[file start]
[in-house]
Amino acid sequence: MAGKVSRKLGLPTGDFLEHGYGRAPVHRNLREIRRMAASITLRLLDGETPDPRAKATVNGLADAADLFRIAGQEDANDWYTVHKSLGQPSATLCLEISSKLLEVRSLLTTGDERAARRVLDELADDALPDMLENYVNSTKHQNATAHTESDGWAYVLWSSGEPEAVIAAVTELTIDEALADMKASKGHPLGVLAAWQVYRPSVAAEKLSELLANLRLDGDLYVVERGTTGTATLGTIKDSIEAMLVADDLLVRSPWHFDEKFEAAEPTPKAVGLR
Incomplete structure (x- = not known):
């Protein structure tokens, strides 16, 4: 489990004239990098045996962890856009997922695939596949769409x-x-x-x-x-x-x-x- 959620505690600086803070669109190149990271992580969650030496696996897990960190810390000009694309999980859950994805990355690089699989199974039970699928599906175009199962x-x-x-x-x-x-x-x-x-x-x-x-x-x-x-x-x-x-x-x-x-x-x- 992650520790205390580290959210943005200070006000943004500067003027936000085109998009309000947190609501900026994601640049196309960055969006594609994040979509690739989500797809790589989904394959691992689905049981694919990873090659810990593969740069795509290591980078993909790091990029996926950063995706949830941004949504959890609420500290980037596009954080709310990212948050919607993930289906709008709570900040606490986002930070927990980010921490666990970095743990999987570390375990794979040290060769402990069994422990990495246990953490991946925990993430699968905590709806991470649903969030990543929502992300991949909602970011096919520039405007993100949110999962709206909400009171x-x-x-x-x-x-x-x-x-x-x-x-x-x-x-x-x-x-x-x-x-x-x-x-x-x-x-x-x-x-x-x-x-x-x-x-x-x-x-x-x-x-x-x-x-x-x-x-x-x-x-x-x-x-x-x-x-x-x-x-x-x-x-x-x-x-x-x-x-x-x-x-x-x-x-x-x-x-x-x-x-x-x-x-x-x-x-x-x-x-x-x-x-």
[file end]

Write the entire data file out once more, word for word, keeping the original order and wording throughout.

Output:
[in-house]
Amino acid sequence: MAGKVSRKLGLPTGDFLEHGYGRAPVHRNLREIRRMAASITLRLLDGETPDPRAKATVNGLADAADLFRIAGQEDANDWYTVHKSLGQPSATLCLEISSKLLEVRSLLTTGDERAARRVLDELADDALPDMLENYVNSTKHQNATAHTESDGWAYVLWSSGEPEAVIAAVTELTIDEALADMKASKGHPLGVLAAWQVYRPSVAAEKLSELLANLRLDGDLYVVERGTTGTATLGTIKDSIEAMLVADDLLVRSPWHFDEKFEAAEPTPKAVGLR
Incomplete structure (x- = not known):
């Protein structure tokens, strides 16, 4: 489990004239990098045996962890856009997922695939596949769409x-x-x-x-x-x-x-x- 959620505690600086803070669109190149990271992580969650030496696996897990960190810390000009694309999980859950994805990355690089699989199974039970699928599906175009199962x-x-x-x-x-x-x-x-x-x-x-x-x-x-x-x-x-x-x-x-x-x-x- 992650520790205390580290959210943005200070006000943004500067003027936000085109998009309000947190609501900026994601640049196309960055969006594609994040979509690739989500797809790589989904394959691992689905049981694919990873090659810990593969740069795509290591980078993909790091990029996926950063995706949830941004949504959890609420500290980037596009954080709310990212948050919607993930289906709008709570900040606490986002930070927990980010921490666990970095743990999987570390375990794979040290060769402990069994422990990495246990953490991946925990993430699968905590709806991470649903969030990543929502992300991949909602970011096919520039405007993100949110999962709206909400009171x-x-x-x-x-x-x-x-x-x-x-x-x-x-x-x-x-x-x-x-x-x-x-x-x-x-x-x-x-x-x-x-x-x-x-x-x-x-x-x-x-x-x-x-x-x-x-x-x-x-x-x-x-x-x-x-x-x-x-x-x-x-x-x-x-x-x-x-x-x-x-x-x-x-x-x-x-x-x-x-x-x-x-x-x-x-x-x-x-x-x-x-x-």